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Prevalence of inappropriate use behaviors of antibiotics and related factors among chinese antibiotic users: an online cross-sectional survey

Abstract

Background

Inappropriate use of antibiotics could have a profound negative impact on individual and community. This study aimed to assess the prevalence of inappropriate use behaviors of antibiotics in Chinese antibiotic users and explored their related factors.

Methods

A cross-sectional survey was conducted from July 1, 2018 to September 30, 2018. A structured questionnaire was widely distributed on the online survey platform (Questionnaire Star, https://www.wjx.cn) and was used to collect data from respondents in China on demographic and sociological characteristics, antibiotic use and related knowledge. Main outcomes included self-medication with antibiotics (SMA), self-storage with antibiotics (SSA), and non-adherence to antibiotic treatment (NAAT). Logistic regression was used to identify the related factors of above inappropriate use behaviors of antibiotics.

Results

Of the 15,526 participants, 37.1% reported SMA in the past 6 months, 67.9% reported SSA in the past 6 months, and 48.3%, 15.2%, 25.5% and 78.0% of respondents said that they had missed antibiotics, increased antibiotic dosage, decreased antibiotic dosage, and discontinued antibiotics once symptoms disappear, respectively. Overall, 53.3% reported NAAT during this period. After adjusting for other variables, multivariate logistic regression analyses showed that those aged 30–44 years old, with higher levels of education, poorer status of self-perceived health, or lower levels of antibiotic knowledge were more likely to have these inappropriate use behaviors of SMA, SSA, and NAAT (P < 0.05).

Conclusions

The prevalence of SMA, SSA, and NAAT is high in China. Developing a nationwide action plan for the rational use of antibiotics among publics, including national media publicity, online and offline health education, and medication guidance from general practitioners, is urgently needed.

Key points

  1. 1.

    Self-medication with antibiotics, self-storage with antibiotics, and non-adherence to antibiotic treatment are important performances of inappropriate use behaviors of antibiotics.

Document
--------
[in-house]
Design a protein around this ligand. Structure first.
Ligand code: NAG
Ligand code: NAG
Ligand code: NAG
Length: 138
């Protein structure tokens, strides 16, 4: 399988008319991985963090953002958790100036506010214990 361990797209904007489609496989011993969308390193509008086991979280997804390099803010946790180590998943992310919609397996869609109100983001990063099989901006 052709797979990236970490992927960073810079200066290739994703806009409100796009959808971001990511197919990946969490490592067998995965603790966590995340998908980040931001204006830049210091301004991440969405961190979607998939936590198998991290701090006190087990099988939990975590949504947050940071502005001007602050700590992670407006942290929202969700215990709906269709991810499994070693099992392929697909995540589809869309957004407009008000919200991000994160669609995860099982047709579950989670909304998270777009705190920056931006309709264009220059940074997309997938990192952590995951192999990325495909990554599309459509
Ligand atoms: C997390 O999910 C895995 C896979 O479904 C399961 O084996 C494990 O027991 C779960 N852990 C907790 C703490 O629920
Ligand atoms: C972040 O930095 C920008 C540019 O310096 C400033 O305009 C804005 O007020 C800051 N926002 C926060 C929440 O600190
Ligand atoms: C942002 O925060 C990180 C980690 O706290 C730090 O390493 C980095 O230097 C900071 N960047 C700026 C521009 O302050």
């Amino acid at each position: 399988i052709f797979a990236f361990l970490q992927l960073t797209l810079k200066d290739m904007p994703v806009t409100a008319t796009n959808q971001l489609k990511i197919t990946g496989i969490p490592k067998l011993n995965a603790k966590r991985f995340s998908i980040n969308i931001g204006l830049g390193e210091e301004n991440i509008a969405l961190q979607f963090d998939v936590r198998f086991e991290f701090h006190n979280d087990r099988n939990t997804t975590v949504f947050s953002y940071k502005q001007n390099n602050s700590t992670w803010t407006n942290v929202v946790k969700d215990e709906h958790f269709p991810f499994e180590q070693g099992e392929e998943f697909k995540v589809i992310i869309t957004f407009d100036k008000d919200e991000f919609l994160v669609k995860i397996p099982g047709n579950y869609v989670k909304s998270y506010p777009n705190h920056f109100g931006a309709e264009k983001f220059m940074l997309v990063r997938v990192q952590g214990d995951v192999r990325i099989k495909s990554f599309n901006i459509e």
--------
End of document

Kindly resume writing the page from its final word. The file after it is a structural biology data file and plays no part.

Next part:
2. 2.

    The results of this study showed that the prevalence of inappropriate use behaviors of antibiotics among Chinese antibiotic users were between 37.1% and 67.9%.

  3. 3.

    A nationwide action plan for rational use of antibiotics is urgently needed in China.

Peer Review reports

Background

Under the interaction between supply and demand sides, inappropriate use of antibiotics in humans has attracted widespread attention in the field of global medical and health care [1, 2]. According to the WHO reporting, more than two-thirds of antibiotics were used in community worldwide, about 30.0% of them were used inappropriately [3]. Publics as the main body of antibiotic use, their self-medication with antibiotics (SMA), self-storage with antibiotics (SSA), and non-adherence to antibiotic treatment (NAAT) such as proactively increasing or decreasing drug dosage are important performances of inappropriate use behaviors of antibiotics [4,5,6]. Such adverse behaviors may lead to negative outcomes including increased risk of antimicrobial resistance (AMR), higher medical costs, failure of treatments, and even death of patients.

The prevalence of inappropriate use of antibiotics reported by different countries varied widely. A sample survey in Europe found that 19.8% of Romanian had SMA, and 68.0% of them had SSA at home [4]. Two surveys in Malaysia and South Korea showed that the prevalence of SMA among residents was between 20.0% and 30.0%, and nearly 55.0% of Malaysian declared they had NAAT, such as discontinuing antibiotics once symptoms disappear [7, 8]. A systematic review from the Gulf Cooperation Council countries showed that the overall prevalence of SMA was about 48.0%, with the highest prevalence in Saudi Arabia (73.0%) [6]. In addition, some demographic and sociological factors including gender, age, education level et al., might be associated with inappropriate use behaviors of antibiotics [8,9,10]. Huh et al.’s study in South Korea found that residents who were younger or had higher education levels were more likely to have inappropriate use behaviors of antibiotics [8]. However, there were obvious differences in research results in different countries. Therefore, it is necessary to clarify the prevalence of these inappropriate use behaviors and their related factors among antibiotic users in different countries, especially in developing countries.